Chances are, if you are a person of faith who has ever been challenged or discouraged in that faith — who has taken the long road round to spiritual maturity — you’ll find something to relate to in this book. I did.
Almost as impressive as Fleming Rutledge’s book itself is the broad range of voices (twenty-two in all) who have enthusiastically endorsed it — from Larry Hurtado to Mark Galli, from Marilyn McCord Adams to Stanley Hauerwas.
There is a perception that the most striking feature of the first century A.D. was the speedy rise and expansion of Christianity. However, ancient historians have shown that in the same century an even stronger cultic movement spread far more rapidly both in the East and West of the vast Roman Empire. How would the first Christians cope with the requirement to give divine honours to the Julio-Claudian Caesars?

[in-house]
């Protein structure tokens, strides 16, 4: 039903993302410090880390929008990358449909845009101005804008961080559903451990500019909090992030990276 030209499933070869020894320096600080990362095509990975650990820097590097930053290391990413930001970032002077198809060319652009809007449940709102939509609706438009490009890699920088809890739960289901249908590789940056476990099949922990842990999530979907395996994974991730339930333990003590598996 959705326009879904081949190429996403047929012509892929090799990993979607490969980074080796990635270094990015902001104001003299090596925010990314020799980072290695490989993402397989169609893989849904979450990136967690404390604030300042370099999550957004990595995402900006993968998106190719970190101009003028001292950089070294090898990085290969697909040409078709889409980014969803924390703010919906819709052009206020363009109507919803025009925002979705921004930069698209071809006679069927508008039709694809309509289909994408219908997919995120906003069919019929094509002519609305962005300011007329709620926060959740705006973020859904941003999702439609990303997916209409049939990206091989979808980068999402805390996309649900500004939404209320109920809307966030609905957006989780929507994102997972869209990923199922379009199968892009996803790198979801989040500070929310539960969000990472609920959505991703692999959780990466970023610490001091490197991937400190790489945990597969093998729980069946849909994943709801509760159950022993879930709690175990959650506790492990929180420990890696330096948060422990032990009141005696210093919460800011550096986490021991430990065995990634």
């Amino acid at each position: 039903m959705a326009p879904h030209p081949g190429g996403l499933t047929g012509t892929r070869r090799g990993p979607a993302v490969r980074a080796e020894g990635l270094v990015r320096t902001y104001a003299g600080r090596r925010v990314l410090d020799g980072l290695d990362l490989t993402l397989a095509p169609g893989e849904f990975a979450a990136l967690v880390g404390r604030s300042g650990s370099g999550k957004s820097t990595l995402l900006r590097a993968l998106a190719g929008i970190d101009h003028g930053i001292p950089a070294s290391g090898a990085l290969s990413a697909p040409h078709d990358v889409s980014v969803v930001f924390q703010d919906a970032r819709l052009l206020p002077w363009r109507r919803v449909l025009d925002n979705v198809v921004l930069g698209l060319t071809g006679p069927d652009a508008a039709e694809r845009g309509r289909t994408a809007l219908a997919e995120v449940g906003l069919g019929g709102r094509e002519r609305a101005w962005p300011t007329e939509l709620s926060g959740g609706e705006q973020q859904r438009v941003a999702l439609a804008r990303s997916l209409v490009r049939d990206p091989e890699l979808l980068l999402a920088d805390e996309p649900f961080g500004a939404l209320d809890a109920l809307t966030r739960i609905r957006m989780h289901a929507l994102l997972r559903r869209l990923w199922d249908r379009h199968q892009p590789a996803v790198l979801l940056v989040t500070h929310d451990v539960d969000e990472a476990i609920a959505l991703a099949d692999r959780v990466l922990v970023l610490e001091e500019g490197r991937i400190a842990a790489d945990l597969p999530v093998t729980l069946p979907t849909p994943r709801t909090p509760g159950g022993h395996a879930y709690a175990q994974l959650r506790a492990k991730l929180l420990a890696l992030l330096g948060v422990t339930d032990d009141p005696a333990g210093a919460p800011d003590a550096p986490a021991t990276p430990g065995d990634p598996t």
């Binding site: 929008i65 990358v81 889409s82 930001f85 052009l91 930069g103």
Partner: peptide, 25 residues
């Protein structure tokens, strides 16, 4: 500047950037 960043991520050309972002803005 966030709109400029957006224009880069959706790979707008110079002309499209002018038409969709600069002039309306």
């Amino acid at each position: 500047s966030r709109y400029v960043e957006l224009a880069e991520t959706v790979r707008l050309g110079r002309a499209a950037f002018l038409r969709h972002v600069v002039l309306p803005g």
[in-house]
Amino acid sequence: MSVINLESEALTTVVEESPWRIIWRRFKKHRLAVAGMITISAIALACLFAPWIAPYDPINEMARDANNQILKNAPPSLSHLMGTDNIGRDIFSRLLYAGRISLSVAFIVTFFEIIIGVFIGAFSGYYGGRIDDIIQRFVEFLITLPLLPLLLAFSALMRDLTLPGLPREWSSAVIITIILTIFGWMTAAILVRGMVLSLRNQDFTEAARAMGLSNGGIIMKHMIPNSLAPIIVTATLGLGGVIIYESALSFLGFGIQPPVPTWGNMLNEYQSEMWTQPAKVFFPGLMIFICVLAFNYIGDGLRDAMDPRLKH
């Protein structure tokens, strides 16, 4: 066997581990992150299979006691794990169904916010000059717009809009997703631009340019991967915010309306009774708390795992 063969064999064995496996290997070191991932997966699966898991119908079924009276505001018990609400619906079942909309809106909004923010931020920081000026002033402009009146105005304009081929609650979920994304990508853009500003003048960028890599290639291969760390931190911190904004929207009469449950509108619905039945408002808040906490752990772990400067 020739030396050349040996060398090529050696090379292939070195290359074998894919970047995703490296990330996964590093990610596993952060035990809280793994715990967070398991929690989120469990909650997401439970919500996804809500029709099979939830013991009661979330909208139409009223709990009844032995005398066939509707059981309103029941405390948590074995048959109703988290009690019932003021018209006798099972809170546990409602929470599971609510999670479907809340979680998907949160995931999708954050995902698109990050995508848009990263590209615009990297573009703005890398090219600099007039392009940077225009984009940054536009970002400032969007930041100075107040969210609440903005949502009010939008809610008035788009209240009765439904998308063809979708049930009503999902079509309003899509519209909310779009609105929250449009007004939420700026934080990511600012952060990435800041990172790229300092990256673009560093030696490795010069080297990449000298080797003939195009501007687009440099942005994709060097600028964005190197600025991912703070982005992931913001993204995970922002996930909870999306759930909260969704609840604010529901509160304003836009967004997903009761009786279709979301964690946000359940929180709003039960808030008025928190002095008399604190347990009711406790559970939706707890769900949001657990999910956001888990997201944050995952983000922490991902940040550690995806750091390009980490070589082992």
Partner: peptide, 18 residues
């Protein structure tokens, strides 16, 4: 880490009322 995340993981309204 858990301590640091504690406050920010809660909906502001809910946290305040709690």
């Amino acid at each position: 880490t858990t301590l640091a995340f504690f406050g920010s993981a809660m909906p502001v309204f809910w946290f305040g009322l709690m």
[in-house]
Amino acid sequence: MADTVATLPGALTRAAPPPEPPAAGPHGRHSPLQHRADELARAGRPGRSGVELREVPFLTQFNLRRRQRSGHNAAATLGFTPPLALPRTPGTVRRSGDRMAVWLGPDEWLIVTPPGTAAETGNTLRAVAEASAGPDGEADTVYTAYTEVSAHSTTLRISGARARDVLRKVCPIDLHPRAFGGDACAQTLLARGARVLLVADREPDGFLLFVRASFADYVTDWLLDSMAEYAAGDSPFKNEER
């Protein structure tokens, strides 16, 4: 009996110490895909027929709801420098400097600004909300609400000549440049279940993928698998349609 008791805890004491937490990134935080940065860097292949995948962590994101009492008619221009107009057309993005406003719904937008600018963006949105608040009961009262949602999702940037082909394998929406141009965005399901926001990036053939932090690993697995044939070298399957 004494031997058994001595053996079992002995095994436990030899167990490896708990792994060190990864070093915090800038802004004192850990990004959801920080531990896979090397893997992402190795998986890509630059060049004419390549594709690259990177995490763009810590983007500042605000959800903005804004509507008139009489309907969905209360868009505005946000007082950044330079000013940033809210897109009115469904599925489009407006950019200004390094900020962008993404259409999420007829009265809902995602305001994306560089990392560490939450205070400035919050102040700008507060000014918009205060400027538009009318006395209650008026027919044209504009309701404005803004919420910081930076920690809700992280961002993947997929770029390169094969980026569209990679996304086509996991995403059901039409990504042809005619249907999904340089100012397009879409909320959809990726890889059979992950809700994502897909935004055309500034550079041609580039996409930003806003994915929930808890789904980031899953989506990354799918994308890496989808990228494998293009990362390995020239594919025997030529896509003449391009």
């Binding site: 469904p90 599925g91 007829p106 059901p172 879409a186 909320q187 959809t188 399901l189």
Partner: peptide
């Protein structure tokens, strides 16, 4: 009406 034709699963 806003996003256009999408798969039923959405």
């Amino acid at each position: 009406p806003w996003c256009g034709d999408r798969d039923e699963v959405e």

Our guest today is Stanley E. Porter, president, dean, professor of New Testament, and holder of the Roy A. Hope Chair in Christian Worldview at McMaster Divinity College. His new book is John, His Gospel, and Jesus: In Pursuit of the Johannine Voice.
Welcome once again to Eerdmans All Over, a Friday roundup of all the Eerdmans-related news, reviews, interviews, and other interesting online content we can gather in a given week.
Back in March, when I wrote my first column on Charles Camosy’s Beyond the Abortion Wars, I had a hunch already that it would be an important book. I did not realize then, though, just how important it would be.